soundness and watch as others are left at the dock trying to get their motor started. The sound of money is hearing a out-drive burn
    up as the oblivious owners circle the lake at high speed. Ye$ I'll fix it$ for you!$!
     
  6. jpjanke

    jpjanke Member

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    I think the 2 spars are tied together much too tight, the gooseneck needs to be loosened and turned to a better angle. I have a feeling the kids that had these boats tied all down way to tight for max speed and went overboard. The more I am playing with the sails the more of my memories are coming back.
    She is not heavy at all. The drain plug is frozen in place, learned today how to fix that. The only water she may have in her was me shooting the high pressure hose up around the cockpit trying to remove mud dabbers. Found a few nicks in the finish on the edge of the rear cockpit. Amazed nothing else under all that dirt. Even found the stopper for the cockpit bailer. woot woot saved some money there lol

    Thanks for the info, more to store in my Log.
     
  7. Webfoot1

    Webfoot1 Active Member

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    Should be two eye-bolts holding the gaff and boom together at the front. They get kind of get bent and
    twisted. Originally there is a S-hook from one eye-bolt to the Sail Tack. You can use para-chord in place
    of the S-hook. If you want the sail to be free to do it's thing, the shower-curtain sail clips can be replaced
    with para-chord. I've noticed the sail angles off the boom better without the shower clips. Racers often
    go this route so there must be something to it.
     
  8. jpjanke

    jpjanke Member

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    Ive just been checking out pictures, the sail tack is tied so tight it almost over laps the eye bolts, Spars are dirty, some grommets have sail clips some have ropes.
    The sail clips are stuck on with crud. Nothing is moving as it should be. Think my next step is to clean the sail. let it dry and take it all apart and start over.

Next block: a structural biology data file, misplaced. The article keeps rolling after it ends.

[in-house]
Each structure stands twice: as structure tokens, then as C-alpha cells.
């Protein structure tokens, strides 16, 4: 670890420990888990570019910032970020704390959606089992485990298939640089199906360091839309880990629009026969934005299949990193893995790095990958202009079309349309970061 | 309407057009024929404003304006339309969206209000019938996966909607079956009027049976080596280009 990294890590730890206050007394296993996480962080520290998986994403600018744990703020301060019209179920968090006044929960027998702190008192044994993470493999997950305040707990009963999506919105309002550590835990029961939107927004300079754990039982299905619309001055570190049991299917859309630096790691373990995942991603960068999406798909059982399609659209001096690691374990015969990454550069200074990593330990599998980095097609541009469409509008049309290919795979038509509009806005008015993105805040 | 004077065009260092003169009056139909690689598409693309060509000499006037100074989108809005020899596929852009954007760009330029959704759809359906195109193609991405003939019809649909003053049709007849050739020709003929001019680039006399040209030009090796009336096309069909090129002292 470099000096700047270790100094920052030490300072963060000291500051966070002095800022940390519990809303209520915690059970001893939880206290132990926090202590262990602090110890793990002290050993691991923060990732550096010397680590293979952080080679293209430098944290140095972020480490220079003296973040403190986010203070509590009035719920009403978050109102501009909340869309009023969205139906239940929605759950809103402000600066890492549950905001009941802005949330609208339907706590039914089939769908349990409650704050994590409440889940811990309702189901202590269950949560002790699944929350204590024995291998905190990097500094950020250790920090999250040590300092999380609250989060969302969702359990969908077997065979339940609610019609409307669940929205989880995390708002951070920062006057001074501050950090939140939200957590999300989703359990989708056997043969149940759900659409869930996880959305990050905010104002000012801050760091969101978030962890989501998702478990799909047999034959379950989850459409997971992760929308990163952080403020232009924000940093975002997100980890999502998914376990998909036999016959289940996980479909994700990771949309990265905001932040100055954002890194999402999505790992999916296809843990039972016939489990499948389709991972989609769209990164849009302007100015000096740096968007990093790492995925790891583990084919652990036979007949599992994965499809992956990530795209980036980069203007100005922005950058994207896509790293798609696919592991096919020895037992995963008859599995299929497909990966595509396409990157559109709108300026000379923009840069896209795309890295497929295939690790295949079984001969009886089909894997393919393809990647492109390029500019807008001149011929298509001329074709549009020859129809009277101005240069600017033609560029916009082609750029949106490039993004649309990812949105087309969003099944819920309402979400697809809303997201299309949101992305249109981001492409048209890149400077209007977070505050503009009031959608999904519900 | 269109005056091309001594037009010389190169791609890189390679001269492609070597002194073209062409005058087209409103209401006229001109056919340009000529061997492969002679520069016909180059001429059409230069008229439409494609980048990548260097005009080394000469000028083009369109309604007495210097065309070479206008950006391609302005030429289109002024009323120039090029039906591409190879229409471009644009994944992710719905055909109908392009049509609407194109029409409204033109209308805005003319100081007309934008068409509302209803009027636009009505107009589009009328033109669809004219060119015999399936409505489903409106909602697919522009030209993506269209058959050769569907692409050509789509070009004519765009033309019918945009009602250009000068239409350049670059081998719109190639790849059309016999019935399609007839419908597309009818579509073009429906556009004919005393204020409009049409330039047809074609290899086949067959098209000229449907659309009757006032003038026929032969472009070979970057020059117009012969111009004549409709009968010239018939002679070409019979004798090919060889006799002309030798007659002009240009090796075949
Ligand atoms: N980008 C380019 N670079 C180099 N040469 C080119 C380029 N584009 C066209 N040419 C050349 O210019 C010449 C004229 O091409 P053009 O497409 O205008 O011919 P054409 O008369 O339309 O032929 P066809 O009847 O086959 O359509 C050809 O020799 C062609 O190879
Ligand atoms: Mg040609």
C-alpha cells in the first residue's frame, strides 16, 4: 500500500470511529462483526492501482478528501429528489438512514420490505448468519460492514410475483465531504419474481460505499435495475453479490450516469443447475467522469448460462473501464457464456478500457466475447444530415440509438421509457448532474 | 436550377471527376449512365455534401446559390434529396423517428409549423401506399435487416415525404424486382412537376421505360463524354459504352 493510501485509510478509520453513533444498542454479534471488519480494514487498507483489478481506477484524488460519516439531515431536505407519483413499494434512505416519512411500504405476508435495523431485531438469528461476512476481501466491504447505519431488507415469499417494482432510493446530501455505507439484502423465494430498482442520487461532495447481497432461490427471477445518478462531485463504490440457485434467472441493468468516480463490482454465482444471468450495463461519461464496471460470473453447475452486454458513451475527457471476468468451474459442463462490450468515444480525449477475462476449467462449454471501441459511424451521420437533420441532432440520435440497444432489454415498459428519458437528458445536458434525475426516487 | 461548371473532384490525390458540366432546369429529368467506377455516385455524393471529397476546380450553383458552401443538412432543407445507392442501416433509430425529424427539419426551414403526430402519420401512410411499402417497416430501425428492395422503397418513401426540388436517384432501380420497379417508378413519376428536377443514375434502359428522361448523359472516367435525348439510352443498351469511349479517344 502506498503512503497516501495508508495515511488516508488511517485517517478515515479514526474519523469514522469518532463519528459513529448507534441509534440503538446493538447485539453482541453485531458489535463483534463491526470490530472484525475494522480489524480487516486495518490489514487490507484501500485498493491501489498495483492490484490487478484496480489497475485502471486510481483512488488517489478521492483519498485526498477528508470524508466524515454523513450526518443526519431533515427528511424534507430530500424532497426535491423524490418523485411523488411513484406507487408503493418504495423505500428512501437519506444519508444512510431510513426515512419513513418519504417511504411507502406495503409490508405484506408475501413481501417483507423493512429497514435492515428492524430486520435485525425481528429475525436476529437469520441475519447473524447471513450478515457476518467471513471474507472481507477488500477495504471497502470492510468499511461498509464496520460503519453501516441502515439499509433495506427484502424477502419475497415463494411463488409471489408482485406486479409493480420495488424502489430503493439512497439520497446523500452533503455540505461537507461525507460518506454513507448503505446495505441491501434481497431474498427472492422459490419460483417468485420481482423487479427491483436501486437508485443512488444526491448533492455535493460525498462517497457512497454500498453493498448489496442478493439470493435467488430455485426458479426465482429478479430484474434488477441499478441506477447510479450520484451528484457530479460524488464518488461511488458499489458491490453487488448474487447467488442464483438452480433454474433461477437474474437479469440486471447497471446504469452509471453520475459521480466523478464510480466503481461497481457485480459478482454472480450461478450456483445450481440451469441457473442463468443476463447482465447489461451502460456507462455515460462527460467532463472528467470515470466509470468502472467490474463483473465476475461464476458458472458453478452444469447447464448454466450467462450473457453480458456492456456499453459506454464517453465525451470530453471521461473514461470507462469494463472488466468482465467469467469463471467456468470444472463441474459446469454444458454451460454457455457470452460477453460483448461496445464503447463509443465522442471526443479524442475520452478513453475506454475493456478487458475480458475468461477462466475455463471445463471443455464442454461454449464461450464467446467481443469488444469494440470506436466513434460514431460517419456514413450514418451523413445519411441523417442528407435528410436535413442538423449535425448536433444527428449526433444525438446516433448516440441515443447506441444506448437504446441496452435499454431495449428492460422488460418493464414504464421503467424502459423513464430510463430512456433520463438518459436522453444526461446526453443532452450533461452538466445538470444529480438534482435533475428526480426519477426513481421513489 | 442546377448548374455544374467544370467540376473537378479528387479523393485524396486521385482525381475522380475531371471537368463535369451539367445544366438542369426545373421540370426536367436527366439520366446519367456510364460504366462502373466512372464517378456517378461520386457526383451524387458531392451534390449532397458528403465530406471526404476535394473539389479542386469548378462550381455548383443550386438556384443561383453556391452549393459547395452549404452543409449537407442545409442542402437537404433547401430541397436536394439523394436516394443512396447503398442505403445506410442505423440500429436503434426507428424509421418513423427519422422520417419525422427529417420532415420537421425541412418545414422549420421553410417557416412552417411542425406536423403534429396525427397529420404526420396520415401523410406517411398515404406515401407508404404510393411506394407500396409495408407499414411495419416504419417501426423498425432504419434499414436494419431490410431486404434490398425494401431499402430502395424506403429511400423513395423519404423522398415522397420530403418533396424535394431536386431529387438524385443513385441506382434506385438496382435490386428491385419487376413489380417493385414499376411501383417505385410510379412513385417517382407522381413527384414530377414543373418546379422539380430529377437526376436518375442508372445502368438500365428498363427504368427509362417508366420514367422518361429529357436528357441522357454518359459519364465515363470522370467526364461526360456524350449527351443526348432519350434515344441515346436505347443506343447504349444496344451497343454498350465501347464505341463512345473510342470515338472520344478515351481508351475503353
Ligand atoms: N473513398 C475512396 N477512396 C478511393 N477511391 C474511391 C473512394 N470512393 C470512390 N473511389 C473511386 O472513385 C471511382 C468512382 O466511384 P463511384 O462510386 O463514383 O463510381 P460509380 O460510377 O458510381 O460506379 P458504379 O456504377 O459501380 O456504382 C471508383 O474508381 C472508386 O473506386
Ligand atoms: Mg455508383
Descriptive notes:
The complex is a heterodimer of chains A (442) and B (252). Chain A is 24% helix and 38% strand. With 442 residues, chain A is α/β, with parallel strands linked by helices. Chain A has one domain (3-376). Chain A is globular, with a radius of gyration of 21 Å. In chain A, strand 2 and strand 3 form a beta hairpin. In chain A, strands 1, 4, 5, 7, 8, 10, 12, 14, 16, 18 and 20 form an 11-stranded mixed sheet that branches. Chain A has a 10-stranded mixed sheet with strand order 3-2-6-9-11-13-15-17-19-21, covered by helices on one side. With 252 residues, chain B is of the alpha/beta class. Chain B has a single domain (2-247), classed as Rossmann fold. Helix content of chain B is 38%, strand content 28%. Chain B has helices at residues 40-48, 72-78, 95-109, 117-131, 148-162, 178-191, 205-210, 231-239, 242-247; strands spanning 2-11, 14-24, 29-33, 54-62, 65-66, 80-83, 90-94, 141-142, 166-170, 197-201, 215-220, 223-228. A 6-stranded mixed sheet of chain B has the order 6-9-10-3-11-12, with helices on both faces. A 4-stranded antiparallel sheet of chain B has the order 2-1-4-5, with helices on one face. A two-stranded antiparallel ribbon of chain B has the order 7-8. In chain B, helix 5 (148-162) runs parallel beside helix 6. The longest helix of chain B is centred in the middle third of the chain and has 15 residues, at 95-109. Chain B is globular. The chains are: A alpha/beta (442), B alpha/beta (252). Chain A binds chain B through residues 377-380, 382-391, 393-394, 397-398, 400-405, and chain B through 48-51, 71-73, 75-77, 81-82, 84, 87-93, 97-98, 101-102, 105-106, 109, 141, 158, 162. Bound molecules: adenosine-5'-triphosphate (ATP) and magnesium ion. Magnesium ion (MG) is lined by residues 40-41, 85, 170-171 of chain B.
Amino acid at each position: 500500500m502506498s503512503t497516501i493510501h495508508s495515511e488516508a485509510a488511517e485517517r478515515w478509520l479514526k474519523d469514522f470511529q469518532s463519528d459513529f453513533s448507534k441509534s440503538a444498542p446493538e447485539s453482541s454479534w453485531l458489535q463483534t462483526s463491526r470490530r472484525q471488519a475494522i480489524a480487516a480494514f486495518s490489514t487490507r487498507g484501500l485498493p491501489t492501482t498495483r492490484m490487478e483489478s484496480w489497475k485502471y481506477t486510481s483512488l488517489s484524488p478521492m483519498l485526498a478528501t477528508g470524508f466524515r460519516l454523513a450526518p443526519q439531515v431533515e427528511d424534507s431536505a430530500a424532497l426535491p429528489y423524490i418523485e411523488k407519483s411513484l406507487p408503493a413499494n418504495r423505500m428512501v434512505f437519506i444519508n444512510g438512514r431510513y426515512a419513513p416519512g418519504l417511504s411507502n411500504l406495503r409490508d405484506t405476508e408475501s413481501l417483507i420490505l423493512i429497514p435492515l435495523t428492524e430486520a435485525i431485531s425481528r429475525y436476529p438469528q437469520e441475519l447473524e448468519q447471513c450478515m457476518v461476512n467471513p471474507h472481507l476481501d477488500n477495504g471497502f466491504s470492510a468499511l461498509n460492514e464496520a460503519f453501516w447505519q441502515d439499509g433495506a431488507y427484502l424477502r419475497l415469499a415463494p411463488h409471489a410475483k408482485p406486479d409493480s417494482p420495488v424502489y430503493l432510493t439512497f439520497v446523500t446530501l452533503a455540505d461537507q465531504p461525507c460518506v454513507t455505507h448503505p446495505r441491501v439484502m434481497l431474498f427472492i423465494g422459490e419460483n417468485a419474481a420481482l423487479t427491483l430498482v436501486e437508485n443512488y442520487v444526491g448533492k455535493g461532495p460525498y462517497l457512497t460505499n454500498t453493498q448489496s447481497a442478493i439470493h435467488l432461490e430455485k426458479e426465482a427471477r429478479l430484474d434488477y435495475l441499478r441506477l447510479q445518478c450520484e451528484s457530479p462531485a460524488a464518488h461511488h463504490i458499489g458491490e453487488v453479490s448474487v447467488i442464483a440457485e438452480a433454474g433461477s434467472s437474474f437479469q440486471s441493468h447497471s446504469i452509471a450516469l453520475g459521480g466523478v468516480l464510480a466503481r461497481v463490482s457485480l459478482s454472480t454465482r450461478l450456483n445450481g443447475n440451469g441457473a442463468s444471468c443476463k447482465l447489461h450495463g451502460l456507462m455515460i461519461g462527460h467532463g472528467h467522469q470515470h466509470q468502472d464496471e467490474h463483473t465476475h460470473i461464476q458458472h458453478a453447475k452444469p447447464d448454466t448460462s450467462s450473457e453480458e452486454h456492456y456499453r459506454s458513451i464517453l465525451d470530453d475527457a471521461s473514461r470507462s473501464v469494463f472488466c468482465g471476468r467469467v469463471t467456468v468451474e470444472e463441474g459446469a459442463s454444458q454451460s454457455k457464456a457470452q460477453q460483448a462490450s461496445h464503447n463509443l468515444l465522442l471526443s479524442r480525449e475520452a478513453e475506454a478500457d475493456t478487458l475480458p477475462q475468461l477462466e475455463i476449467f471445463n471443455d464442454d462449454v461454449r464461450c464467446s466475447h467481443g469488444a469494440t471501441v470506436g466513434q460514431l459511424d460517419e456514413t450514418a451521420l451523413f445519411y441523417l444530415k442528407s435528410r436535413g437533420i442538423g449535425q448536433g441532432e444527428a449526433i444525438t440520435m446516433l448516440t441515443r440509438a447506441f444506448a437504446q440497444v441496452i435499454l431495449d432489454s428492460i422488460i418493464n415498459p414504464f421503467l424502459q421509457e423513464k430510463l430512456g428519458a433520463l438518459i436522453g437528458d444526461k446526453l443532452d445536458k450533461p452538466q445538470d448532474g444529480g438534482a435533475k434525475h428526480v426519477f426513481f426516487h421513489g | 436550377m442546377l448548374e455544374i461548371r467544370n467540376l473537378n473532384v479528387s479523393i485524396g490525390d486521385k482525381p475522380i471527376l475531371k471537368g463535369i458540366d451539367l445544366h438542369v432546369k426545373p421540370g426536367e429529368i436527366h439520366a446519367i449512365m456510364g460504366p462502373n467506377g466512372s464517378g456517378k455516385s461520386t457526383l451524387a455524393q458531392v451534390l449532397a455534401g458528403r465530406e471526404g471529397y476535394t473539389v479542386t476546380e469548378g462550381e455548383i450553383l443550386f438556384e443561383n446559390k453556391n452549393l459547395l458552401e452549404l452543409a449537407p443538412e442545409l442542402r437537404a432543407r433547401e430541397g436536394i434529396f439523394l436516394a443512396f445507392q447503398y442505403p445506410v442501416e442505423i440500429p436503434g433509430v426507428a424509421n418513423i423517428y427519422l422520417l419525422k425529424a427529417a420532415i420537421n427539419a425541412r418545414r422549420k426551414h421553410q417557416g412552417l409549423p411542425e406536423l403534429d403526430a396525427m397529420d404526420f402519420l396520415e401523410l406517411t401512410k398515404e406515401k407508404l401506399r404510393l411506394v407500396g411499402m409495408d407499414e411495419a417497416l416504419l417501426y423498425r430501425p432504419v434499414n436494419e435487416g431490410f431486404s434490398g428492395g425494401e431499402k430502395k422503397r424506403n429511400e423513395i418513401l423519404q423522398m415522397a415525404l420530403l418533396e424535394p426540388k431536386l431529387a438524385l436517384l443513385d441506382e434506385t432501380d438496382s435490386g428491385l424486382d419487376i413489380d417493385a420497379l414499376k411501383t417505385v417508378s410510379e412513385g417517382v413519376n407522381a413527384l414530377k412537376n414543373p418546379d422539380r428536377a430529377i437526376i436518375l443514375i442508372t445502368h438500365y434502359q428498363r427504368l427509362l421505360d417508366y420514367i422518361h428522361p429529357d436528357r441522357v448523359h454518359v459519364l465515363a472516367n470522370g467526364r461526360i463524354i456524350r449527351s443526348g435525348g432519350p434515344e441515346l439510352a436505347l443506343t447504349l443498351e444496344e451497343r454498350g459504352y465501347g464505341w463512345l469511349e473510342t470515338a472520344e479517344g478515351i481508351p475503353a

Thank to all, I know know where the halyard go, where the goose neck goes. and so much more.
    Hope a bit more sun out there tomorrow, we went from 85 to 60 and I spent most of the playing with water and a boat. loving every minute of it
     
  9. Webfoot1

    Webfoot1 Active Member

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    Common problem, sail tack and clew have to be loose enough for sail to form a pocket. People
    tighten the clew like it's holding up a tent pole.
     
  10. JohnCT

    JohnCT Active Member

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    This is why I have the adjustments for outhaul and cunningham.
    I set up the base tension for light air, and can then add tension as needed should conditions change.
     
  11. jpjanke

    jpjanke Member

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    Exactly. thanks
     
  12. jpjanke

    jpjanke Member

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    That makes sense, Ive seen there are a lot of ways to change things underway, for better control, speed, etc.
    Last time I did my sailing, grabbed my suit, lowered my boat in the water, sails up, and off I went. Never really cared about the speed, or worried about the flipping.
    This time I want to be prepared.